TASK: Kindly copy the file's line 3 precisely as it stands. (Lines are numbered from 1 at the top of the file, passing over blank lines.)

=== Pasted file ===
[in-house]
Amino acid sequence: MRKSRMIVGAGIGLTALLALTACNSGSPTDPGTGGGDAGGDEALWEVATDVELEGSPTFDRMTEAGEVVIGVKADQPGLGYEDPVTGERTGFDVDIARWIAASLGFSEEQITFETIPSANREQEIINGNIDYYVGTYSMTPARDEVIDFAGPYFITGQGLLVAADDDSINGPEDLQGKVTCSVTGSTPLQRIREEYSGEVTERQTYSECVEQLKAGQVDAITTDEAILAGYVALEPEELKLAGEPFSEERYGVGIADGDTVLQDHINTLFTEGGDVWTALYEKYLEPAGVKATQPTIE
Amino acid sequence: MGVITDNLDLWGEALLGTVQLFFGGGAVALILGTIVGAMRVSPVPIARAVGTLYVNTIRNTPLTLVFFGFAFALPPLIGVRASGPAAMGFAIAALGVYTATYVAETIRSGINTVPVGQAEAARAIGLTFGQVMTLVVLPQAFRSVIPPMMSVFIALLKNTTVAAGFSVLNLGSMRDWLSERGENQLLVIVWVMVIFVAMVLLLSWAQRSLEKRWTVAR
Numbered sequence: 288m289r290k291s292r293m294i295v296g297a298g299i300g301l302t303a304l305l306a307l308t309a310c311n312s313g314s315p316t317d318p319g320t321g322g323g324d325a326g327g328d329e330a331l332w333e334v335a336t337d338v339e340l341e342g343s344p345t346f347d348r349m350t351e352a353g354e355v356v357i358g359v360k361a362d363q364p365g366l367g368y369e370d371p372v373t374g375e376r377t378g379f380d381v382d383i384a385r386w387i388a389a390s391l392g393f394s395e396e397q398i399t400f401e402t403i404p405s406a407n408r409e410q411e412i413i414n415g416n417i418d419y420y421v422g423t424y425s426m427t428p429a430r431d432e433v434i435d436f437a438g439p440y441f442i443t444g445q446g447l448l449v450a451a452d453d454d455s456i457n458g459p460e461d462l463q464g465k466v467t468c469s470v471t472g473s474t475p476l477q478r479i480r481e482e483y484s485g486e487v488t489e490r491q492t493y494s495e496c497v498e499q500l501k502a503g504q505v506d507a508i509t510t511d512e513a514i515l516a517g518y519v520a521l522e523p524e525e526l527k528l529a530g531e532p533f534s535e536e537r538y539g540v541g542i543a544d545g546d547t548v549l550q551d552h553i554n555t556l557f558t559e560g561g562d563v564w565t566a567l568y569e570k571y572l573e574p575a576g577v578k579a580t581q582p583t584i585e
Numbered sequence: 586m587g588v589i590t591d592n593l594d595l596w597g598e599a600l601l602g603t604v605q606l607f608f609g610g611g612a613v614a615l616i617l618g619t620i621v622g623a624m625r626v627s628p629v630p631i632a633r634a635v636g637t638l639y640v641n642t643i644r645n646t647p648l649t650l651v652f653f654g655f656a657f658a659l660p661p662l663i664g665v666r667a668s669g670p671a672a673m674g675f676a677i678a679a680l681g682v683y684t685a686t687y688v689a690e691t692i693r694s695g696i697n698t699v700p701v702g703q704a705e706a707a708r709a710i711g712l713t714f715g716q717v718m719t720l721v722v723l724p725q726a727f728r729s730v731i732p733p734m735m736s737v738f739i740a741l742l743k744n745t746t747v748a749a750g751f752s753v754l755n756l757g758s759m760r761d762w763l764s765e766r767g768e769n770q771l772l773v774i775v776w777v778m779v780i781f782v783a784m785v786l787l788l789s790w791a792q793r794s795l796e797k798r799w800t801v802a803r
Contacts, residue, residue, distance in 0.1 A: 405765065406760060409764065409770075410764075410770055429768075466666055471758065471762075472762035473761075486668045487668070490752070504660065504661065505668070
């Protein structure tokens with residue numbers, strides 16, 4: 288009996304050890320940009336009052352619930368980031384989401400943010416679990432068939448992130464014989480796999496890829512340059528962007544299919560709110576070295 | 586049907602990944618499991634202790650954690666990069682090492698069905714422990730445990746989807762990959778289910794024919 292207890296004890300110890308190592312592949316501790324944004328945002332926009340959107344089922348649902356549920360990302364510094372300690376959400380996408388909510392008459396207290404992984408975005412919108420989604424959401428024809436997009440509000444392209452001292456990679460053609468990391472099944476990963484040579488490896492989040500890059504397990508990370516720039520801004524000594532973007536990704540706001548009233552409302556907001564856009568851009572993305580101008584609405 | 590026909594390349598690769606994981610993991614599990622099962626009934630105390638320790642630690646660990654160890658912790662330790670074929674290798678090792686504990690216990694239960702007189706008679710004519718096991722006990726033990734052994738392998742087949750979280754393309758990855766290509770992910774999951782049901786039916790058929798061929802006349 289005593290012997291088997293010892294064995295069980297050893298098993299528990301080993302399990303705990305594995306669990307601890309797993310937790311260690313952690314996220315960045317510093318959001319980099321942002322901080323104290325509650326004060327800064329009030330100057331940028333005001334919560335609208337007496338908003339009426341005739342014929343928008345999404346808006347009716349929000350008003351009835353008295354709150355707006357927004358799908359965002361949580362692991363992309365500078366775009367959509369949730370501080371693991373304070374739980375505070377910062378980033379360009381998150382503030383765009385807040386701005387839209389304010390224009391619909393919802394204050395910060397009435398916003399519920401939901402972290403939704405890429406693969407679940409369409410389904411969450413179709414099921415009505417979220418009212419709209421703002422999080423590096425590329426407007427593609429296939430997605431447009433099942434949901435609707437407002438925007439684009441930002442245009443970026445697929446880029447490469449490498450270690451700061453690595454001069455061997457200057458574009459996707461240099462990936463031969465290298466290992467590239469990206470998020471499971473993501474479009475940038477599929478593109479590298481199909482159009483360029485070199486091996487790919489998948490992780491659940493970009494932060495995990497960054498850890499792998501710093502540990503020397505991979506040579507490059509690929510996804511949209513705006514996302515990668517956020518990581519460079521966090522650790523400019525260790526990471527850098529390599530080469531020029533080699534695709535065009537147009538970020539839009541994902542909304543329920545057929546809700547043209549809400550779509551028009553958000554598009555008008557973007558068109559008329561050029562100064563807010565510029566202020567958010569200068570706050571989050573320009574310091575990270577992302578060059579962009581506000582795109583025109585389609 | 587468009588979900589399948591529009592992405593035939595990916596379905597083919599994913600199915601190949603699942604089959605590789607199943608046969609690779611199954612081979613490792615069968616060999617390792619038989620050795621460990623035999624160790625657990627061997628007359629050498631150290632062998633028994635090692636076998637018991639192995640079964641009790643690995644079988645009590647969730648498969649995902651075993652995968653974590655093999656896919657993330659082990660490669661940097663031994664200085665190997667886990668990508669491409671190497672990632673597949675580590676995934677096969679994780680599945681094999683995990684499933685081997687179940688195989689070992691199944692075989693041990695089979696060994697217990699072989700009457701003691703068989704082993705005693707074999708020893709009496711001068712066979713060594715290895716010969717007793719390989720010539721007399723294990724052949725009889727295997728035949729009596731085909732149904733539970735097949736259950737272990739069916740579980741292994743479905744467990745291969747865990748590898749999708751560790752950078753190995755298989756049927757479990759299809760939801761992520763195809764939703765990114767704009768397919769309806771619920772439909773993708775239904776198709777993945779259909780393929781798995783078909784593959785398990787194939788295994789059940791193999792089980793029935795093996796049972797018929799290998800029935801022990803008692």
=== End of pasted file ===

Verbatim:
Amino acid sequence: MGVITDNLDLWGEALLGTVQLFFGGGAVALILGTIVGAMRVSPVPIARAVGTLYVNTIRNTPLTLVFFGFAFALPPLIGVRASGPAAMGFAIAALGVYTATYVAETIRSGINTVPVGQAEAARAIGLTFGQVMTLVVLPQAFRSVIPPMMSVFIALLKNTTVAAGFSVLNLGSMRDWLSERGENQLLVIVWVMVIFVAMVLLLSWAQRSLEKRWTVAR